Restrict Django sessions to IP and/or user agent.
Restricts Django sessions to IP and/or user agent.
If the IP or user agent changes after creating the session, the a 400 response is given to the request, the session is flushed (all session data deleted, new session created) and a warning is logged. The goal of this middleware is to make it harder for an attacker to use a session ID they obtained. It does not make abuse of session IDs impossible.
For compatibility with IPv6 privacy extensions, by default only the first 64 bits of an IPv6 address are checked.
The full documentation is at https://django-restricted-sessions.readthedocs.org.
pip install django-restricted-sessions
Then add it to your middleware after SessionMiddleware:
MIDDLEWARE_CLASSES = [ .... 'django.contrib.sessions.middleware.SessionMiddleware', # 'django.contrib.auth.middleware.AuthenticationMiddleware', 'restrictedsessions.middleware.RestrictedSessionsMiddleware', .... ]
When RESTRICTEDSESSIONS_AUTHED_ONLY setting enabled ensure this middleware is added after AuthenticationMiddleware such that the request.user is present.
- For Django 1.10+ support, changed from object to django.utils.deprecation.MiddlewareMixin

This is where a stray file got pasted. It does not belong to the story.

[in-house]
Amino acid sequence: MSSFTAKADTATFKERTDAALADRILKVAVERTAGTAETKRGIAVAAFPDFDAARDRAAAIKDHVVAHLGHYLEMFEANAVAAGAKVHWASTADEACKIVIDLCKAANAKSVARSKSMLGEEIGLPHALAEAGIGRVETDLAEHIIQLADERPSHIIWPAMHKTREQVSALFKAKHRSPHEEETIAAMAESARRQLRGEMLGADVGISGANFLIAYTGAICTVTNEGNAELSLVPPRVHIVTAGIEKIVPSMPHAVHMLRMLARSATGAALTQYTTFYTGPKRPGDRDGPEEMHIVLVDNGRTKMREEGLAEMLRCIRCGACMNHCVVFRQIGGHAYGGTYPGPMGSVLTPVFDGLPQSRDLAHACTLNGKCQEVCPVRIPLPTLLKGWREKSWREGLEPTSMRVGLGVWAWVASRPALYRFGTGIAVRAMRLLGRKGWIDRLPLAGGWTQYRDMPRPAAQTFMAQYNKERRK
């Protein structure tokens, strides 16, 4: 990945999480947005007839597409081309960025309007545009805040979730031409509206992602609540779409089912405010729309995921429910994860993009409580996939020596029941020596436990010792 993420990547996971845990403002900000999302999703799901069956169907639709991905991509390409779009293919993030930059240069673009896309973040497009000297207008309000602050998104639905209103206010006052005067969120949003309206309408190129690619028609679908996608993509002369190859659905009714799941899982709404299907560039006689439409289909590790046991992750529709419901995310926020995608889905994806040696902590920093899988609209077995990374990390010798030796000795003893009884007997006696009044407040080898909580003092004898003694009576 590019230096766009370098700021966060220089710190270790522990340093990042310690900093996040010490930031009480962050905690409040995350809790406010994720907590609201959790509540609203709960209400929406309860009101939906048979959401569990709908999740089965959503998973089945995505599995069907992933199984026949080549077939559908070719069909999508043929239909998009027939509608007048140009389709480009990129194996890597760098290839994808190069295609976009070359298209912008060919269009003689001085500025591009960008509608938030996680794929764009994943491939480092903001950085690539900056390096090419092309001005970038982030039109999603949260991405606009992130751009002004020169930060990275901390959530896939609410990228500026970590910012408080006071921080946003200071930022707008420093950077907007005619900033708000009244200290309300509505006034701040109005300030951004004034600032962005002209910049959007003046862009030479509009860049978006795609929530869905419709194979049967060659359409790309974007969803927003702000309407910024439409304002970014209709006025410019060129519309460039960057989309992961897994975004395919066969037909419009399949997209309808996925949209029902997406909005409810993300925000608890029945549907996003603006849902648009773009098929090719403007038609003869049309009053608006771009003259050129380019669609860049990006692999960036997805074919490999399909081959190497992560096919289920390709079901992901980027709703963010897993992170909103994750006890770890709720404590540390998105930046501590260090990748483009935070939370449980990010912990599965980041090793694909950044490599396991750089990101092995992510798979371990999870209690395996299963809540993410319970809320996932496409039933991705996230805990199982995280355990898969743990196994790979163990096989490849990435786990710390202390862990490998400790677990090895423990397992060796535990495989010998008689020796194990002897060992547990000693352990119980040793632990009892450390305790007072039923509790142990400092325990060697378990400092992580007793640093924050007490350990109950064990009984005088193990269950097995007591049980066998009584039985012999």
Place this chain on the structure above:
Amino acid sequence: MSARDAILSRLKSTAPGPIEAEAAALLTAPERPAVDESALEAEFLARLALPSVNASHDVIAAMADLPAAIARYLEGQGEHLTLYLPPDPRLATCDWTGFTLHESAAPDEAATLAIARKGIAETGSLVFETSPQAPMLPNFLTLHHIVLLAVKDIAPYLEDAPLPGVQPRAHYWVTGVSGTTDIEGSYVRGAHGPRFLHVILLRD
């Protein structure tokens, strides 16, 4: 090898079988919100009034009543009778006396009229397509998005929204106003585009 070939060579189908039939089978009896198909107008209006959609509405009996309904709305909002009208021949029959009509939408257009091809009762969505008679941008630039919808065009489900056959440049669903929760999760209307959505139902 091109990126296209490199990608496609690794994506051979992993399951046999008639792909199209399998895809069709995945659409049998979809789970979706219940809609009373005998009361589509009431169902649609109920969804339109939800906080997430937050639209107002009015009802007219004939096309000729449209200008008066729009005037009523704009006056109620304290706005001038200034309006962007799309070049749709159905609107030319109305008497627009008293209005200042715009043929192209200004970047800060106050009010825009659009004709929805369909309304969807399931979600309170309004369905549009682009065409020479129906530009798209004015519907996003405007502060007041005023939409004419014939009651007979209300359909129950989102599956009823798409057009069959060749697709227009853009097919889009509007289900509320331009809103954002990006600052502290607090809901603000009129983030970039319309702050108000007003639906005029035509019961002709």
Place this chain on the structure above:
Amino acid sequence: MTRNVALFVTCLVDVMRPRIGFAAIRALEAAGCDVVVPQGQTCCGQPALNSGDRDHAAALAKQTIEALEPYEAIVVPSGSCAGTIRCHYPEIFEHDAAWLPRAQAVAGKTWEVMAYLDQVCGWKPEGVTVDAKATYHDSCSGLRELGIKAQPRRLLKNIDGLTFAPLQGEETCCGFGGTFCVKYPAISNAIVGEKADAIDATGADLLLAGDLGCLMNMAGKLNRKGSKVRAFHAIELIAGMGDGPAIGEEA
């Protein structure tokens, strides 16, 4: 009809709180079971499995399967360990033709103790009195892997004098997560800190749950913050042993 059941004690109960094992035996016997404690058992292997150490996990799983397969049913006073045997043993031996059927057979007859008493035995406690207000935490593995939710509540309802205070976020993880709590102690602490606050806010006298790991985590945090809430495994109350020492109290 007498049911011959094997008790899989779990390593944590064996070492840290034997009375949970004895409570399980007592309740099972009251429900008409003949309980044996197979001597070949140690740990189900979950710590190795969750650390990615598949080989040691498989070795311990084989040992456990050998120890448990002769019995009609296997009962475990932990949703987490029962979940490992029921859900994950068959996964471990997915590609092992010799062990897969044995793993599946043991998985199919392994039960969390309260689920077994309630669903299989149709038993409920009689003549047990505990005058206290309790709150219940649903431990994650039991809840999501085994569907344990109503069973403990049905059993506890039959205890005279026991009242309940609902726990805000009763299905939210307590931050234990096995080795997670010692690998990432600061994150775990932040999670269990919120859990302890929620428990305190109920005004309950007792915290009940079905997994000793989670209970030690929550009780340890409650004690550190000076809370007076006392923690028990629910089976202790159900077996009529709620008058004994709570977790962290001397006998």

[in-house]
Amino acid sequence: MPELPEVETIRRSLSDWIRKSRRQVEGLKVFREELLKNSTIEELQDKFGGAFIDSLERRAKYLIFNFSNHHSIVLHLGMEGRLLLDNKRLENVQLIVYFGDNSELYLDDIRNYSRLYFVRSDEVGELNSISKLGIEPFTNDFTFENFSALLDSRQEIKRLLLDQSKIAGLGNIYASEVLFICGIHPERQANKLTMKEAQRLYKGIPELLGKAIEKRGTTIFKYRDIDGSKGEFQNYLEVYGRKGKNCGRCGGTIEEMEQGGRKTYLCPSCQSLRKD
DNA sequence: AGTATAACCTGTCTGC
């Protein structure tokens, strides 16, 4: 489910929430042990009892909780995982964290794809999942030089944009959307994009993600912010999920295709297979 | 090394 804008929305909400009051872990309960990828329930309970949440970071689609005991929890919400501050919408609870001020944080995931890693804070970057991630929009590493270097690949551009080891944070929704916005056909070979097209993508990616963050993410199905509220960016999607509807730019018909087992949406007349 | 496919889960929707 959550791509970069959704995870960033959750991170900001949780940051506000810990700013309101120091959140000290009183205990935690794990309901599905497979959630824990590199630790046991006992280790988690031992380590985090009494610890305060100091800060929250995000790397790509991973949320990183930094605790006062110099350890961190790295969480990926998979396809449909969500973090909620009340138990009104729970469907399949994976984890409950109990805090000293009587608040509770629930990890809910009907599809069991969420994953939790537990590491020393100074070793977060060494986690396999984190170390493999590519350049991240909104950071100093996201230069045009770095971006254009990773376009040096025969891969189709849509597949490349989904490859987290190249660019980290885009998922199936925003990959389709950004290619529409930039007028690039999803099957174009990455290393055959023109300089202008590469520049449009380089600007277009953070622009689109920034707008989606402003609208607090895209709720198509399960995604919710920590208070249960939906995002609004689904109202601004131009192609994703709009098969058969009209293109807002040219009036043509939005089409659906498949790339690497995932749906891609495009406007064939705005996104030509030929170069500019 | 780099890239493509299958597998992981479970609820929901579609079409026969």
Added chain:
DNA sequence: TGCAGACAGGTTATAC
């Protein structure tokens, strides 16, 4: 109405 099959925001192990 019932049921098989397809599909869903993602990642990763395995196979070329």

- Added PyPI trove classifiers for Django versions and more Python versions
- Updated travis.yml for more Python versions
- Fixed an exception that could occur when non-utf8 bytes were included in user agent strings.
- Version bump to avoid PyPI’s duplicate filename ban.
- Added support to redirect to known view, or use custom status code settings.
- Added support for ignoring unauthenticated sessions.
- Fixed short circuit when REMOTE_ADDR was unknown.
- Dropped support for older Python versions: now requires 2.7, 3.3 or newer, with Django 1.8.
- Resolved exception being raised when session switches from IPv4 to IPv6
- Python 3.4 support
- Added missing netaddr requirement to setup.py.
- First release on PyPI.